Early Life Inflammation Primes a Th2-Fibroblast Niche in Skin
- Author(s): Boothby, Ian Chen
- Advisor(s): Ansel, Karl M
- et al.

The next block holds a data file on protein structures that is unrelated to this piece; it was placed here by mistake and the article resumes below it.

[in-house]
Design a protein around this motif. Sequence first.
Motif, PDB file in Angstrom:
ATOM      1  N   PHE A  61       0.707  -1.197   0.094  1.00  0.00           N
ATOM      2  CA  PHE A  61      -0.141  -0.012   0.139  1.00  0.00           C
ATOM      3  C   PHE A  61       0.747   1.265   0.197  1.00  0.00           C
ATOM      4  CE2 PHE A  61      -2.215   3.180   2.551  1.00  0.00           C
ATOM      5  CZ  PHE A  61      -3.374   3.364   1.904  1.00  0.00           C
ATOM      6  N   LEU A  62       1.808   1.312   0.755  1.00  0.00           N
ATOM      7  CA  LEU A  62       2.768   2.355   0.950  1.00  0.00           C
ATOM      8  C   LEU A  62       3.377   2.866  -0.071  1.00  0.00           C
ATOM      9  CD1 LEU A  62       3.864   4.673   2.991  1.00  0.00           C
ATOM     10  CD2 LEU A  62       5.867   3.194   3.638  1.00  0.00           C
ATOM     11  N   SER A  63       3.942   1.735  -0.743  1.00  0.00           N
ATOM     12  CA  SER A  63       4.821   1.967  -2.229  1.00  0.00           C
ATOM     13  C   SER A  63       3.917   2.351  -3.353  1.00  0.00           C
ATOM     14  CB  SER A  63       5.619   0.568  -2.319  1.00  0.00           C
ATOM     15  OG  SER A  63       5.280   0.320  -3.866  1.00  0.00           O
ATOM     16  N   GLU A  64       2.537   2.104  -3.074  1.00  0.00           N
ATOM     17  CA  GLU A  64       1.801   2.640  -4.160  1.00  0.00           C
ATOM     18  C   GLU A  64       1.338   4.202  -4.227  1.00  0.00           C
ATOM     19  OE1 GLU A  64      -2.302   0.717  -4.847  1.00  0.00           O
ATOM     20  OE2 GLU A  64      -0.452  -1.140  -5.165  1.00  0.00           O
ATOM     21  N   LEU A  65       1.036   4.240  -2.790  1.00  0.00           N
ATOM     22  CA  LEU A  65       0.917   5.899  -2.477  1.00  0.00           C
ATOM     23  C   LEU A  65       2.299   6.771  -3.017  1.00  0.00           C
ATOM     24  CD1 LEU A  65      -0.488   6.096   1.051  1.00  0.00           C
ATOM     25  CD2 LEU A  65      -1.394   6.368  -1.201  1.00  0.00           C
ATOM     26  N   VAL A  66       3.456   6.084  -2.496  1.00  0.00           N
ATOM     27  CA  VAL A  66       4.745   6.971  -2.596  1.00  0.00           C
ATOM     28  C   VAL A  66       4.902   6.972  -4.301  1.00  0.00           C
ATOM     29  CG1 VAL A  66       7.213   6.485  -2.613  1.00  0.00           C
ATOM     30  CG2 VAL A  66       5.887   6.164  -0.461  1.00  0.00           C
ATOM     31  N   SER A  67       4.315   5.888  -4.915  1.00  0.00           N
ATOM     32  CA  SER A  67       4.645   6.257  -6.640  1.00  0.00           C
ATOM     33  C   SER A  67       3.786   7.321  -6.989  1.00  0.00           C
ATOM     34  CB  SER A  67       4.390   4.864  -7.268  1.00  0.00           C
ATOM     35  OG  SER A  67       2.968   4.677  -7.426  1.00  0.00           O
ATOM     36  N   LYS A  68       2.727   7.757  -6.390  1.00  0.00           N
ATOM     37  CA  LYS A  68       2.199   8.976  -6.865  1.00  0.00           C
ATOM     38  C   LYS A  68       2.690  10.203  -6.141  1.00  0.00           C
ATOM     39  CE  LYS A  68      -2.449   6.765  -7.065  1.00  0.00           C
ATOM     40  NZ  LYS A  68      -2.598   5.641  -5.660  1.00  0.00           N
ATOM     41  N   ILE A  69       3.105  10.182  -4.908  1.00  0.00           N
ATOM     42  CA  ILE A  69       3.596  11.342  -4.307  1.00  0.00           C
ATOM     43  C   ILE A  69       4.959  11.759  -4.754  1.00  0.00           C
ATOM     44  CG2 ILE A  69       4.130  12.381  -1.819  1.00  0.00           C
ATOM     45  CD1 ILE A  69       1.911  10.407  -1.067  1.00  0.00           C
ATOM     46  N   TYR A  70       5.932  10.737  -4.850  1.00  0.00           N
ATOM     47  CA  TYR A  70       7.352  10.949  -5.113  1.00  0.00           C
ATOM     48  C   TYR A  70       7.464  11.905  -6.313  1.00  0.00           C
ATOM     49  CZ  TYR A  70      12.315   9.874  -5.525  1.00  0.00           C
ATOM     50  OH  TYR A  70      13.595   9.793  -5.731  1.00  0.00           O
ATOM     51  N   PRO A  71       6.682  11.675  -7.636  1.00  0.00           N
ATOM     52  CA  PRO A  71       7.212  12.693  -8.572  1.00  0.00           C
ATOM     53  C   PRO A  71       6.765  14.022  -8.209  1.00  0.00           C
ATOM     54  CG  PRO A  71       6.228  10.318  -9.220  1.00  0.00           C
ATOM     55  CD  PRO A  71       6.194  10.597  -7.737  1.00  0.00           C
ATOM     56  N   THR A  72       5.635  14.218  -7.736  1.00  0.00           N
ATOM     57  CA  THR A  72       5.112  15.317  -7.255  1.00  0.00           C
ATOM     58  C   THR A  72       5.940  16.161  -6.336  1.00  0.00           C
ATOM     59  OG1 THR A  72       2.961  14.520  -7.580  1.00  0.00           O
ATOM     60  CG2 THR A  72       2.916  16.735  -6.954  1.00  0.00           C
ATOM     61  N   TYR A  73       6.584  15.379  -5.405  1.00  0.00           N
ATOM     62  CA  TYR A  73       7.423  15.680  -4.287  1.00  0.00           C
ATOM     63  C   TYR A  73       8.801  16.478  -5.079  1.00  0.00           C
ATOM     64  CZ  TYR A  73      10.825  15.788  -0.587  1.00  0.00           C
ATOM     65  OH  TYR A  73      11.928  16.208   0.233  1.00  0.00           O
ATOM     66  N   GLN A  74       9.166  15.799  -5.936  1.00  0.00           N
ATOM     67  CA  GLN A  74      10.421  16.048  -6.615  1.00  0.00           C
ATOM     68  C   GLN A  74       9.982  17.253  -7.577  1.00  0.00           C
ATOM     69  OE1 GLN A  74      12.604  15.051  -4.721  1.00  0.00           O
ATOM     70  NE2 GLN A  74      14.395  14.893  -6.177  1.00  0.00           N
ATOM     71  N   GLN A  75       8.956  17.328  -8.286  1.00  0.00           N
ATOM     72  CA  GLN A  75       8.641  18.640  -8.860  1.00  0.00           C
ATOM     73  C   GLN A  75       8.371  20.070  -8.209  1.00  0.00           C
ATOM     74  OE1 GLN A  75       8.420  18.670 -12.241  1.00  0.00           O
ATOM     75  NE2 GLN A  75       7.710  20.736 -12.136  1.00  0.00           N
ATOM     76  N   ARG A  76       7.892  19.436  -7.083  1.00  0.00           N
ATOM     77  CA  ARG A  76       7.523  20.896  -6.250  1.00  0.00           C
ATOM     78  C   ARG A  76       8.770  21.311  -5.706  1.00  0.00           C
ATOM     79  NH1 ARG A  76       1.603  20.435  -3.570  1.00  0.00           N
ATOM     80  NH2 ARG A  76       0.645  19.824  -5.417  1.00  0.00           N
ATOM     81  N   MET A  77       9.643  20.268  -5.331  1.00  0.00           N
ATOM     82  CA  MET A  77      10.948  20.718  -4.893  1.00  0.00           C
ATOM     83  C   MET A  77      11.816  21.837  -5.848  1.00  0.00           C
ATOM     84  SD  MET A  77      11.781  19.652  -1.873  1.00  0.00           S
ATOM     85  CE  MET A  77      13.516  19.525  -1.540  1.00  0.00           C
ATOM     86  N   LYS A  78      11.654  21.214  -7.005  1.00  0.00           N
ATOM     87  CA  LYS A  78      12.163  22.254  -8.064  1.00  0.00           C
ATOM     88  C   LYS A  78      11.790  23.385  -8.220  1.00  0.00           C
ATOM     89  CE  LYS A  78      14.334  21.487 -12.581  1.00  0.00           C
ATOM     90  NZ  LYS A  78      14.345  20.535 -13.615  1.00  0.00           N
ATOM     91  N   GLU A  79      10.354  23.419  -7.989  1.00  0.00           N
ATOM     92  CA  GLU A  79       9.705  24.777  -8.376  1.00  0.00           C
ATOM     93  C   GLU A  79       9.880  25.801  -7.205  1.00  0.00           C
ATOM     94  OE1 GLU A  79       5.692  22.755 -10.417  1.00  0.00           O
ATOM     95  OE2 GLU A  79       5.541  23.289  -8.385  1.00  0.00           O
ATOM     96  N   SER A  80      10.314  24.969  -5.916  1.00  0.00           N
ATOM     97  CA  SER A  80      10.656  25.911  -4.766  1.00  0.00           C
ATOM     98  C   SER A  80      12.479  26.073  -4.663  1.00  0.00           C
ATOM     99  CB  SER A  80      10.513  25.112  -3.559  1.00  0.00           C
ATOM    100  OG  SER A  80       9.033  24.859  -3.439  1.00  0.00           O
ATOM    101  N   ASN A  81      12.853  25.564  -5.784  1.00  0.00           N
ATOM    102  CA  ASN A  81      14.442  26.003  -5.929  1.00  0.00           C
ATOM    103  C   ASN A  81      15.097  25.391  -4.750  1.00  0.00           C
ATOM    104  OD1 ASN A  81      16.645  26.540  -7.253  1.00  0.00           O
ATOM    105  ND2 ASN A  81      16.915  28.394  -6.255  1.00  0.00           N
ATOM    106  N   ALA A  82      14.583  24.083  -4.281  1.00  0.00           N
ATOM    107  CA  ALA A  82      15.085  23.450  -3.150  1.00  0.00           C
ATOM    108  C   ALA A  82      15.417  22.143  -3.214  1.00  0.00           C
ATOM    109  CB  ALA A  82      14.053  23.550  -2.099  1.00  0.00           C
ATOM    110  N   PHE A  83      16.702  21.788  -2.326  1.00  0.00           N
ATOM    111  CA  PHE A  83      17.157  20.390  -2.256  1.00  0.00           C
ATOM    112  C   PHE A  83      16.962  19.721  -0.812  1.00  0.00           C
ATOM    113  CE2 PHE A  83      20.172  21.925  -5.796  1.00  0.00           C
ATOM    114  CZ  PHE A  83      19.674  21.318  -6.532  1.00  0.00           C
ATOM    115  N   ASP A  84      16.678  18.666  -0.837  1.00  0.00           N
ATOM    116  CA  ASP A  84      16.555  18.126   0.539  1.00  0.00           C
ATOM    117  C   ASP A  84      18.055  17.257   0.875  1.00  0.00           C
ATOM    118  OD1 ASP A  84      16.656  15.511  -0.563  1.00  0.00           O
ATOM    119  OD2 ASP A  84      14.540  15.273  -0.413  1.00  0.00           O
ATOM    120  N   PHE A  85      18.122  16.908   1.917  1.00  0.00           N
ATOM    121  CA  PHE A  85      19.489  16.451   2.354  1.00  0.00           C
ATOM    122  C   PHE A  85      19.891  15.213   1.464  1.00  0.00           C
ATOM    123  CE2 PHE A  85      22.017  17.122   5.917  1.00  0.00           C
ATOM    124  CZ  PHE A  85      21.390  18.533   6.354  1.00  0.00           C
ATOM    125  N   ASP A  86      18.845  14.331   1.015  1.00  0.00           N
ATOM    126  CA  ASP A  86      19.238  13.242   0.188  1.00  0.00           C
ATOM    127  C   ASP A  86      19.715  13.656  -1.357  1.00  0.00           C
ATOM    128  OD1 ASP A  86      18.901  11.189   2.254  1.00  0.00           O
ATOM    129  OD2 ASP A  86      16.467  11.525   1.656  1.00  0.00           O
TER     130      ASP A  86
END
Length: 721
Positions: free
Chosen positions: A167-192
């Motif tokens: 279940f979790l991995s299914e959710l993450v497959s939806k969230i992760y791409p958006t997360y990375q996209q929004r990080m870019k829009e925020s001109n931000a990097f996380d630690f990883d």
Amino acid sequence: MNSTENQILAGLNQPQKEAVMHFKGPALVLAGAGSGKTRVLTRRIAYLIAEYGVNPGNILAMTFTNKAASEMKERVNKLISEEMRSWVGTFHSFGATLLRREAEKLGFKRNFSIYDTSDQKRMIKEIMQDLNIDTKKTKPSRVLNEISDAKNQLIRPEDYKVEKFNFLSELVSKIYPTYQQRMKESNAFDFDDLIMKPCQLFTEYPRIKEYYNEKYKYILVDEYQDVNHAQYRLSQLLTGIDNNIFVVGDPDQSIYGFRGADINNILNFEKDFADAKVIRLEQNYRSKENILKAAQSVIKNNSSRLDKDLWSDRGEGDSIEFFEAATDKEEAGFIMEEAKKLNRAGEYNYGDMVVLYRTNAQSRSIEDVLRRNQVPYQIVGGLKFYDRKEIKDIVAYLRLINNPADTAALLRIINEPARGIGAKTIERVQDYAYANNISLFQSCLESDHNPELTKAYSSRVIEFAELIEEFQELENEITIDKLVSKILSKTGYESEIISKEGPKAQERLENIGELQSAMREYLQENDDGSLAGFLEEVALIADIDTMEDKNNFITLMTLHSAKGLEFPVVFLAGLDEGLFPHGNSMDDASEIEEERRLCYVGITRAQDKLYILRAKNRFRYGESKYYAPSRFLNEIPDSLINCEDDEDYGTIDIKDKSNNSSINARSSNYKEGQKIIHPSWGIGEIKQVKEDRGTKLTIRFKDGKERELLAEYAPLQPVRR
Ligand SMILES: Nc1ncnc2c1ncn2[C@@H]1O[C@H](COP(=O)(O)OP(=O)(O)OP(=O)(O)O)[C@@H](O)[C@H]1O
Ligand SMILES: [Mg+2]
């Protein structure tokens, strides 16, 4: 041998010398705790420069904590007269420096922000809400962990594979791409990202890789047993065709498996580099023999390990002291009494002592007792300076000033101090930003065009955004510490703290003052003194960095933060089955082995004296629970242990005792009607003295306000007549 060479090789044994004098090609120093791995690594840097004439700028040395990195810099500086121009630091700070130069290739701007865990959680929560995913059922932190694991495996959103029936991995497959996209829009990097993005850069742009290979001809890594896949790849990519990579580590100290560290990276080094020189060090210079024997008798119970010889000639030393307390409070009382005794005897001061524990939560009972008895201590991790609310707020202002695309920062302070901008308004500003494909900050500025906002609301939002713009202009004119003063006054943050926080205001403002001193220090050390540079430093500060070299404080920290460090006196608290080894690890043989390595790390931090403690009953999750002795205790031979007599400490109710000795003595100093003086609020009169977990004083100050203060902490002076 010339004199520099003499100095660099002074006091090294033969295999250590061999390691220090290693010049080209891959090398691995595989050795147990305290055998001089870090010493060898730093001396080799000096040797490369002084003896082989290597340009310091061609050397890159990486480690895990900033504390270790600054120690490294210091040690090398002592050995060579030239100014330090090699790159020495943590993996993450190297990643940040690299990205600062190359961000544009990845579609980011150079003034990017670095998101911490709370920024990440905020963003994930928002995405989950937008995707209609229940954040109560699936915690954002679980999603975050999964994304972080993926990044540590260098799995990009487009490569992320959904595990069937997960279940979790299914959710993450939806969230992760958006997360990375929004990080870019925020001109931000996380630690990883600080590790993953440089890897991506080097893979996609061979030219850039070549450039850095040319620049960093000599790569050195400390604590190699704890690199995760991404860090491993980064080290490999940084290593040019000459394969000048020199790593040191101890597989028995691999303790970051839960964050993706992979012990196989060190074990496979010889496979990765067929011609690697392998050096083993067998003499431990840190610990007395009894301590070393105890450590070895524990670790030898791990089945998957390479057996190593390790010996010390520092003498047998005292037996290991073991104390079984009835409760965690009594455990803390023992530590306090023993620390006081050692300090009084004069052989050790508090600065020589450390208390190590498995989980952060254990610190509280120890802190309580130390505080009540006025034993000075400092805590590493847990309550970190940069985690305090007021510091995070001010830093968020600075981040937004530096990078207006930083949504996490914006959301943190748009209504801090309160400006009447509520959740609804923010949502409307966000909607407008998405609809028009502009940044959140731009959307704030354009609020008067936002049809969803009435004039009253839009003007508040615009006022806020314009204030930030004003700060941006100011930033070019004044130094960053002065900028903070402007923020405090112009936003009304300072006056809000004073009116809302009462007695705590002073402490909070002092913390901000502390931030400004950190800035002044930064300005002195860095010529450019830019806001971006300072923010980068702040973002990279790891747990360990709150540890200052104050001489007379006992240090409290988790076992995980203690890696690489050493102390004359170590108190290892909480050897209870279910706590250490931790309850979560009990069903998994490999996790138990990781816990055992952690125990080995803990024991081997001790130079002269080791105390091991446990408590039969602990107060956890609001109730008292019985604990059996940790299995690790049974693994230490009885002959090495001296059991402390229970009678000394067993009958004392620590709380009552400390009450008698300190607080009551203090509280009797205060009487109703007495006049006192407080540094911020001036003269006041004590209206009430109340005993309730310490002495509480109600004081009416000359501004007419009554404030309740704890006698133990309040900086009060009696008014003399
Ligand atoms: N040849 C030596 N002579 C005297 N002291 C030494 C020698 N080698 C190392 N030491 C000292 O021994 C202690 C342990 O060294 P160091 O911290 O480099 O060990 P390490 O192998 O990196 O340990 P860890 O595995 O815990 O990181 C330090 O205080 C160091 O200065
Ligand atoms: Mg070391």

Inflammation early in life can prime the local immune milieu of peripheral tissues, causing lasting changes in immunologic tone that confer disease protection or susceptibility. The cellular and molecular mechanisms that incite changes in immune tone in many nonlymphoid tissues remain largely unknown. We find that time-limited neonatal inflammation induced by transient reduction of neonatal regulatory T cells (Tregs) causes a dramatic dysregulation of subcutaneous tissue in murine skin, accompanied by the selective accumulation of Th2 cells within a distinct microanatomic niche. Th2 cells are maintained into adulthood through interactions with a fibroblast population in skin fascia that we refer to as Th2-interacting fascial fibroblasts (TIFFs), which expand in response to Th2 cytokines to form subcutaneous fibrous bands. Activation of the Th2-TIFF niche by neonatal inflammation primes skin for altered reparative responses to wounding. We further identify fibroblasts in healthy human skin expressing the TIFF transcriptional signature and find these cells at high levels in eosinophilic fasciitis, an orphan disease characterized by inflammation and fibrosis of the skin fascia. Taken together, these data define a novel Th2 niche in skin, functionally characterize a disease-associated fibroblast population, and suggest a mechanism of immunologic priming whereby inflammation early in life creates networks between adaptive immune cells and stromal cells, establishing an immunological set-point in tissues that is maintained throughout life.